Computers aren't unequivocally good for kids

From Evernote:

Generational Error mode about computers

I'm 37 and I come from a generation that invented the personal computer. Well, a tad younger really. But when I was growing up I know my parents were intimidated by computers, and basically felt that whatever I did with them made me "smart". 

This, of course, was not the case in the 80's, and it's not the case now.

Computers do not make you smart any more than reading makes you smart. If you read trash, or do trash activities on the computer, then you are not doing anything smart. Playing Ultima III on the Apple IIe did not make me smarter (although arguably playing with Logo and Basic did).

This distinction is lost, I believe, on many parents today. Parents encourage computer use because kids need "computer skills" to succeed in today's marketplace. Computer usage is seen as all benefit and no cost.

Recognition of online addiction has been incredibly slow because of this cultural, historical bias in favor of computers. "Jimmy's on the computer" is still too often a source of pride. In truth, Jimmy being on the computer is meaningless, although unless Jimmy is working on something specific, is probably harmful to Jimmy.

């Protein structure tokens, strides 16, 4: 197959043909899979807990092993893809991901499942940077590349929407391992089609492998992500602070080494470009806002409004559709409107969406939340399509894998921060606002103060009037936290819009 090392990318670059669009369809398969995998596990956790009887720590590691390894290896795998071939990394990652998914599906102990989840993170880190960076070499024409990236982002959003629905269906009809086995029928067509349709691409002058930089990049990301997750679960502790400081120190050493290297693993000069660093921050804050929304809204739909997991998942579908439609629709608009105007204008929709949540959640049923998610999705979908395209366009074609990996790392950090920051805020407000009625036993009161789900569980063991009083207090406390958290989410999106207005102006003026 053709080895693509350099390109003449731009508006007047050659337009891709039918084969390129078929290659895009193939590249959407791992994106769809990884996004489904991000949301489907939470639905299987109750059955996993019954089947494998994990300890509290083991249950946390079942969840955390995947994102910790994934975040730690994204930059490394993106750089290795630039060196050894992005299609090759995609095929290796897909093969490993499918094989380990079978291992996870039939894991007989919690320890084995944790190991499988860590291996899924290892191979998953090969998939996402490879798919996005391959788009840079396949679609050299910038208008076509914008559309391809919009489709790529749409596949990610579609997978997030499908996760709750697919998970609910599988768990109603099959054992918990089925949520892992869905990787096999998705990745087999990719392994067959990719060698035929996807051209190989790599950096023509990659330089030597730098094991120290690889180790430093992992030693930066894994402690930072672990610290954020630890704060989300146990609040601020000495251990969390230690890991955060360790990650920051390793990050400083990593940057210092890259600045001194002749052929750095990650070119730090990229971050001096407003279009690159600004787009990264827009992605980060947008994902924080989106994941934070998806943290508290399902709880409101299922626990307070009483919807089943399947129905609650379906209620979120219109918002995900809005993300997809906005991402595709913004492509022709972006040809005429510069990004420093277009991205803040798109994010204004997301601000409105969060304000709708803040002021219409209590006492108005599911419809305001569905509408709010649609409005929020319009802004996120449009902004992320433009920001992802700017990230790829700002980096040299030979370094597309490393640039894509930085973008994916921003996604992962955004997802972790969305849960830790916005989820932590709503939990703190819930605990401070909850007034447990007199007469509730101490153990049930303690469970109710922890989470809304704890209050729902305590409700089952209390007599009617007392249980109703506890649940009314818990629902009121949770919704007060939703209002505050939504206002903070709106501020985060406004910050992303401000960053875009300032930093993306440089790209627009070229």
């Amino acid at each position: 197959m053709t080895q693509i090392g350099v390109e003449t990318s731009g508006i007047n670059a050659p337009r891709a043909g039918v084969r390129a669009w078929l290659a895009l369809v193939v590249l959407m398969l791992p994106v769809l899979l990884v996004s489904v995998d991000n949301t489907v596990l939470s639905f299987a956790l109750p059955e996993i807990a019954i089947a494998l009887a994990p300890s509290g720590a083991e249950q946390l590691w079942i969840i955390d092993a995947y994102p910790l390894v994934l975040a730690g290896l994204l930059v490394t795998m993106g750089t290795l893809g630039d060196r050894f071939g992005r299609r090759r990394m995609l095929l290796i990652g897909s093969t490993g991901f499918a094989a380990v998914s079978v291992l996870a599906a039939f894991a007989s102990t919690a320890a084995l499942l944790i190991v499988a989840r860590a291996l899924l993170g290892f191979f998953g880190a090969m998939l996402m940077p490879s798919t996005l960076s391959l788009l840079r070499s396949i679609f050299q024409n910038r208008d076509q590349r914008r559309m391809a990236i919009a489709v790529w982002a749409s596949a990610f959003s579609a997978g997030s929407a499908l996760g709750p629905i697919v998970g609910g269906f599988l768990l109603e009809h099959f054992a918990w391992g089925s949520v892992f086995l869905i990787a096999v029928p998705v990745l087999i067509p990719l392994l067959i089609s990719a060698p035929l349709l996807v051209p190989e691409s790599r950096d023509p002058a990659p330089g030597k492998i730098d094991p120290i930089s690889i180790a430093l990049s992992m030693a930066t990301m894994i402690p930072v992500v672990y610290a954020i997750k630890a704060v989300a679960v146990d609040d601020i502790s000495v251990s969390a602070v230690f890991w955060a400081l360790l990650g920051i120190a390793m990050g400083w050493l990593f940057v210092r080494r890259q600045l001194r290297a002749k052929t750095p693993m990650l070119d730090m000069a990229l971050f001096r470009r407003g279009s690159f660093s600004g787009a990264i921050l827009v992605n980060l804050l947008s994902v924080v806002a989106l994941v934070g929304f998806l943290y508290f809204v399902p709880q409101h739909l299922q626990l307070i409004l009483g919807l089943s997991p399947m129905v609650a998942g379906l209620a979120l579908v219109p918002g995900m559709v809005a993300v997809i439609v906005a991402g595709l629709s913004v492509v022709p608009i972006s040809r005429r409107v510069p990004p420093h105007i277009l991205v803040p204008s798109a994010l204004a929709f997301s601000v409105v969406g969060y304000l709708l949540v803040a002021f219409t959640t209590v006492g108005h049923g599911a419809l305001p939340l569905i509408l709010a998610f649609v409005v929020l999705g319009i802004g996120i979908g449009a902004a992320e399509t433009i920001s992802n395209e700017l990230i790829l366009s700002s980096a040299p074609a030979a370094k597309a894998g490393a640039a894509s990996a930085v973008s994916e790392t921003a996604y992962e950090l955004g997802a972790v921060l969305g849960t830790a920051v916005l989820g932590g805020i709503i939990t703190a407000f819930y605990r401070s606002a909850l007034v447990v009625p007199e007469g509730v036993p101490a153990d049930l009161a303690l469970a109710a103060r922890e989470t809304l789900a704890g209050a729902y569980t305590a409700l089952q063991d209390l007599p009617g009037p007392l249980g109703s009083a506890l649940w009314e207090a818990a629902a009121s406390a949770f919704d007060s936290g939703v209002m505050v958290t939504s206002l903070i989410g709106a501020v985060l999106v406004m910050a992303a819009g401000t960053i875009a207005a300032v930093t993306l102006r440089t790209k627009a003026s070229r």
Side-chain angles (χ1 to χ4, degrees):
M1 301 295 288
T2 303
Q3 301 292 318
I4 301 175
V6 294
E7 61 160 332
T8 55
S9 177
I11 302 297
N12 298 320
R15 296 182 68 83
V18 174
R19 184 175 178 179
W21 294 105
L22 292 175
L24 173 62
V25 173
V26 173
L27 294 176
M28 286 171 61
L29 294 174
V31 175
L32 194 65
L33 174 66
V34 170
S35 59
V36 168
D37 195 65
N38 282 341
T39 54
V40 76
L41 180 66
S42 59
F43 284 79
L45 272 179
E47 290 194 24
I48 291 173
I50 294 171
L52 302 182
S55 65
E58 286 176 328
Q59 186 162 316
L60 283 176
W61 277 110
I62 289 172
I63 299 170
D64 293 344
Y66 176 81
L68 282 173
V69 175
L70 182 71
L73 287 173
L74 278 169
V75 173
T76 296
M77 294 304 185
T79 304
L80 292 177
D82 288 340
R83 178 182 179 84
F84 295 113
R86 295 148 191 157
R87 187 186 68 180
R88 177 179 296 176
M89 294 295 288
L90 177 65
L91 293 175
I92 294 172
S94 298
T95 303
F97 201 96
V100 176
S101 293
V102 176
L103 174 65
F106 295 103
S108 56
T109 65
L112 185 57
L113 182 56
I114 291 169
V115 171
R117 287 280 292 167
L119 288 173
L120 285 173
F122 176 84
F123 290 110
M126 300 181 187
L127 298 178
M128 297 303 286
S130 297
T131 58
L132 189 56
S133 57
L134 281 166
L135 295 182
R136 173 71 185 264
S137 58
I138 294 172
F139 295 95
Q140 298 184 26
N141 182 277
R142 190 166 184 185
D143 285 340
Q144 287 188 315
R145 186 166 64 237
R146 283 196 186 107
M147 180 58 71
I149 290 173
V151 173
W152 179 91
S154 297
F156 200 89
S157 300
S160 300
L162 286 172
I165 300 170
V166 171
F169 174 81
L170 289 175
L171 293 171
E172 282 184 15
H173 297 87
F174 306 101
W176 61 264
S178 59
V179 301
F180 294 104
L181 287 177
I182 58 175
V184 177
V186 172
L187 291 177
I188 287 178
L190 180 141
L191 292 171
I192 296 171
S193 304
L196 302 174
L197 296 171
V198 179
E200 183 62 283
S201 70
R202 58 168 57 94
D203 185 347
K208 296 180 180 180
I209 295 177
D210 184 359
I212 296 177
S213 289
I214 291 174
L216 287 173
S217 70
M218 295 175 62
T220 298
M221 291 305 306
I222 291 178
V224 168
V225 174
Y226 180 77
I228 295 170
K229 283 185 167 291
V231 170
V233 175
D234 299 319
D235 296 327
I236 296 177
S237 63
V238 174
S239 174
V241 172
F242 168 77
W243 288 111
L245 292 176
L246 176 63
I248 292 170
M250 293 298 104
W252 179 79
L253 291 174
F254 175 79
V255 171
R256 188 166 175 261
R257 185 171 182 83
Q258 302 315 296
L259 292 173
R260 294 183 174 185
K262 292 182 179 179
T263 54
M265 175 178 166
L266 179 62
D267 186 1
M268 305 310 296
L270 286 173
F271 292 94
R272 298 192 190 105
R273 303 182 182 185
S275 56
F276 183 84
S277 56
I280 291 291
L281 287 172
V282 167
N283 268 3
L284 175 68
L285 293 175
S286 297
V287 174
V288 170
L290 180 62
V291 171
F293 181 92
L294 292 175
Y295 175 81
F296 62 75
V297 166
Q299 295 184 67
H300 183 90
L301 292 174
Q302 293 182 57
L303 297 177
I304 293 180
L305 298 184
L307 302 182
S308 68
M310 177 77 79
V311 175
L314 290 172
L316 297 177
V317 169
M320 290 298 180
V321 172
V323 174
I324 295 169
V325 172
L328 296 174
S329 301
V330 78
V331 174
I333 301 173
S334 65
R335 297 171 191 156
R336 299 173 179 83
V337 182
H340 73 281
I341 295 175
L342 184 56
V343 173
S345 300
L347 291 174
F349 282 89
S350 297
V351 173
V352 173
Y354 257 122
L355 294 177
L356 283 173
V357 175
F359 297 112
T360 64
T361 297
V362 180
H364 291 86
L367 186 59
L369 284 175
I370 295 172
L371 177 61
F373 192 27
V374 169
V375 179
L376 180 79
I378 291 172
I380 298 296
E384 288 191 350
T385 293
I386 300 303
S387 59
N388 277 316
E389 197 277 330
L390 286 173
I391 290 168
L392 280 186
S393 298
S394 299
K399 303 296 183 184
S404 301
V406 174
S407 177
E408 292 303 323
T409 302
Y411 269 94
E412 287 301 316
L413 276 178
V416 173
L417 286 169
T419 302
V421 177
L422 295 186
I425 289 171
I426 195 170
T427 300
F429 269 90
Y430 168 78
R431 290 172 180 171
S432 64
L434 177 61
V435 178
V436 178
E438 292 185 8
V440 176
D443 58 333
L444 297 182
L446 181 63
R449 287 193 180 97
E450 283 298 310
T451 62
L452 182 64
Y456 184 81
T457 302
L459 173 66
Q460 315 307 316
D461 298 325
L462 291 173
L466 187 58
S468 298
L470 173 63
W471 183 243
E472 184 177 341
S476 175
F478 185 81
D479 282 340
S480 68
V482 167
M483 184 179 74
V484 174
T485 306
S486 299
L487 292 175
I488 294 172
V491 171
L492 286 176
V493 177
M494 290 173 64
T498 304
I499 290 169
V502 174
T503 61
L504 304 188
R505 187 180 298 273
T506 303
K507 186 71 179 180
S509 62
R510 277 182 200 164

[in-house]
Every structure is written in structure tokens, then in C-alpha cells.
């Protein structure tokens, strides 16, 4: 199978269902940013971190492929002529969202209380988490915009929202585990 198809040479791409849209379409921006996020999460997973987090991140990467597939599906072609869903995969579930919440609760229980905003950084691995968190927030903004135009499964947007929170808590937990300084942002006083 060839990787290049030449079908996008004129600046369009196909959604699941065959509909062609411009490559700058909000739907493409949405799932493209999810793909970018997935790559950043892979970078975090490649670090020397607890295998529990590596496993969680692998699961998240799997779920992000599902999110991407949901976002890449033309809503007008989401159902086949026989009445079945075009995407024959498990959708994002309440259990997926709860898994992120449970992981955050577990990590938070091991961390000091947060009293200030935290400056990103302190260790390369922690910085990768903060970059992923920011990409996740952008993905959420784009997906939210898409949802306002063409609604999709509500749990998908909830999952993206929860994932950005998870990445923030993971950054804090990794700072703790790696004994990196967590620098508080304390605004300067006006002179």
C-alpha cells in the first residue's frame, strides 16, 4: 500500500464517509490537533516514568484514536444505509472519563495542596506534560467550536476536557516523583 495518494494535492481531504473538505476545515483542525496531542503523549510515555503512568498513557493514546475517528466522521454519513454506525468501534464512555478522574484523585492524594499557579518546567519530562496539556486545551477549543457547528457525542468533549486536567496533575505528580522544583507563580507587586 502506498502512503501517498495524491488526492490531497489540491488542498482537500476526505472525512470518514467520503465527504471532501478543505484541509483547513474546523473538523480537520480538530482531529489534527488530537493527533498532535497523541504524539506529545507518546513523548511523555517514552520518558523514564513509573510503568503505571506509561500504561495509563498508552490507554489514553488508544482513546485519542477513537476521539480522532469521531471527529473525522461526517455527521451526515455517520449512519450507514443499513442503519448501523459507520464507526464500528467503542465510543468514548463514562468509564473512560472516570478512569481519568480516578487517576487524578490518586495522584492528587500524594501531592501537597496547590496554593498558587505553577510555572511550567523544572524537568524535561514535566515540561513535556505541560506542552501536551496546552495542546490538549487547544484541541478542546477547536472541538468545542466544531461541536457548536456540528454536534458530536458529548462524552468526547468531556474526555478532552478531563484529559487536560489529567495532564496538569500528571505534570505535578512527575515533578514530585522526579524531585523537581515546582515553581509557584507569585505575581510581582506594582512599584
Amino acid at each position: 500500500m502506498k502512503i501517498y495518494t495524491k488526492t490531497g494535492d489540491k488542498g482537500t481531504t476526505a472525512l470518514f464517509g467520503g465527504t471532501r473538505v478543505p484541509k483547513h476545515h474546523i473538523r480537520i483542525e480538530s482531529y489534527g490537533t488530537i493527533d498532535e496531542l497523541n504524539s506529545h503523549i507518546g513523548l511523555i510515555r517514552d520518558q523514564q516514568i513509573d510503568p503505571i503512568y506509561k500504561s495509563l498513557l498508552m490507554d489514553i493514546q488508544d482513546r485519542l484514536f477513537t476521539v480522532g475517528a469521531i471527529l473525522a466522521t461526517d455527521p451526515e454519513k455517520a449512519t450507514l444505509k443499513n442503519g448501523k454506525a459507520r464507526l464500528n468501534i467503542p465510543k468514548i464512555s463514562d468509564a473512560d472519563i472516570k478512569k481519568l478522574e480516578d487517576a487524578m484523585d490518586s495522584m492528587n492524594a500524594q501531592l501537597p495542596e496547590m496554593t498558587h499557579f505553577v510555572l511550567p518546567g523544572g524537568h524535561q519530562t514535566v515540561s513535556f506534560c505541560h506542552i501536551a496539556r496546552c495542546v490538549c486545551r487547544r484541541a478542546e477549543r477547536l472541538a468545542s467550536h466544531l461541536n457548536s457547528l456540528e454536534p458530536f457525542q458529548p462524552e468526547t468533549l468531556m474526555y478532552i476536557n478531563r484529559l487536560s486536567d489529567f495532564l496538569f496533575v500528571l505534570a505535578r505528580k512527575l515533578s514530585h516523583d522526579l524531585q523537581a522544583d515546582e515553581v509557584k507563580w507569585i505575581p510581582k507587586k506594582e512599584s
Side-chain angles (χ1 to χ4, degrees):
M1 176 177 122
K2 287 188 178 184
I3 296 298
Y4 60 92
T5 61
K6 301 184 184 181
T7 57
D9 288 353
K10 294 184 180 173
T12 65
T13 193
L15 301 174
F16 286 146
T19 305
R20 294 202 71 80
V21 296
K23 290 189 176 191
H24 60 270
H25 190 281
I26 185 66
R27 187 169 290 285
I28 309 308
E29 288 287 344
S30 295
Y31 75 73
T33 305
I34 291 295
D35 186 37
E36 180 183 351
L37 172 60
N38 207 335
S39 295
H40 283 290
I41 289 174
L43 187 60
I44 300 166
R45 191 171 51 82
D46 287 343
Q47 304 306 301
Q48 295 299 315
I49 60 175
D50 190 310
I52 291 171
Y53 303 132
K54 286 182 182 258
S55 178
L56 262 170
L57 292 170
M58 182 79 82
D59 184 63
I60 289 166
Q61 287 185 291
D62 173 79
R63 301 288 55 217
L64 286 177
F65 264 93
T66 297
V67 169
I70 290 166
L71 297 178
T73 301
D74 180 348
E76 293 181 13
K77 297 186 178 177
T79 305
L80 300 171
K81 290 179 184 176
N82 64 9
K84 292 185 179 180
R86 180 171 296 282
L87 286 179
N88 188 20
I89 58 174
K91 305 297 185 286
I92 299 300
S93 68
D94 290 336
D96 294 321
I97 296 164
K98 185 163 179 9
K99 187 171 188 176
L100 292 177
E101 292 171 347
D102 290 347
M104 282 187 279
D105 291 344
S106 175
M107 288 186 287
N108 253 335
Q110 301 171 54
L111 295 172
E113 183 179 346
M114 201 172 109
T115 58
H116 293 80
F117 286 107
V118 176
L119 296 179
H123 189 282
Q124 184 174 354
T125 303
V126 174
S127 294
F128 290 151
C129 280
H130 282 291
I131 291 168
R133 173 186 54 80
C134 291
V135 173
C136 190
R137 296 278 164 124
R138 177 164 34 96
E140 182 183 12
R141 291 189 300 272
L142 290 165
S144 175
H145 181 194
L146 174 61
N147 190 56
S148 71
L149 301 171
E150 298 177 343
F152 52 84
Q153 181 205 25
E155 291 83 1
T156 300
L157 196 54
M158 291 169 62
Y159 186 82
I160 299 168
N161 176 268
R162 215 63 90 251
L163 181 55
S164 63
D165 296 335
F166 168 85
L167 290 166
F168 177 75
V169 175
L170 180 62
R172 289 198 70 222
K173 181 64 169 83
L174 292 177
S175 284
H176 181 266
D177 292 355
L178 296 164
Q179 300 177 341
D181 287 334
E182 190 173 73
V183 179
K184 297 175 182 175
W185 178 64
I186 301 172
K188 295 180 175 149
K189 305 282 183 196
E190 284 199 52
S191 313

Computers are powerful tools for content creation and consumption. As such they are terribly dangerous. It is interesting to me that there is ever greater awareness of the fragility and complexity of the human mind, and yet so little cultural mistrust of the informational firehose that is the computer. For every Wikipedia resource, there are thousands of porn sites. For every programming tutorial, there are hundreds of time wasting forums like Reddit, Usenet, or 4Chan. For every kid learning Photoshop, there's a hundred kids playing World of Warcraft.

Computers are getting smaller, more portable. Sensors are getting more pervasive, sensitive, and networks are getting faster and more ubiquitous. It is inevitable, perhaps, that more of our interactions with each other are mediated by computers. But this is not a change to be blindly embraced. It is a change to be wary of, distrustful even.

What we need to do is enumerate our desires and use technology to achieve those, and no more. For example, I want to be able to contact people easily - and leave them a message if they're not available. Ideally I'd even like to choose to leave them a message even if they are available! I want to use my computer as a journal and logbook, because my handwriting is horrible. I want to use it as a publishing platform. I want to use the Internet as a research tool for professional interests (which ironically revolve around building new things for the Internet).

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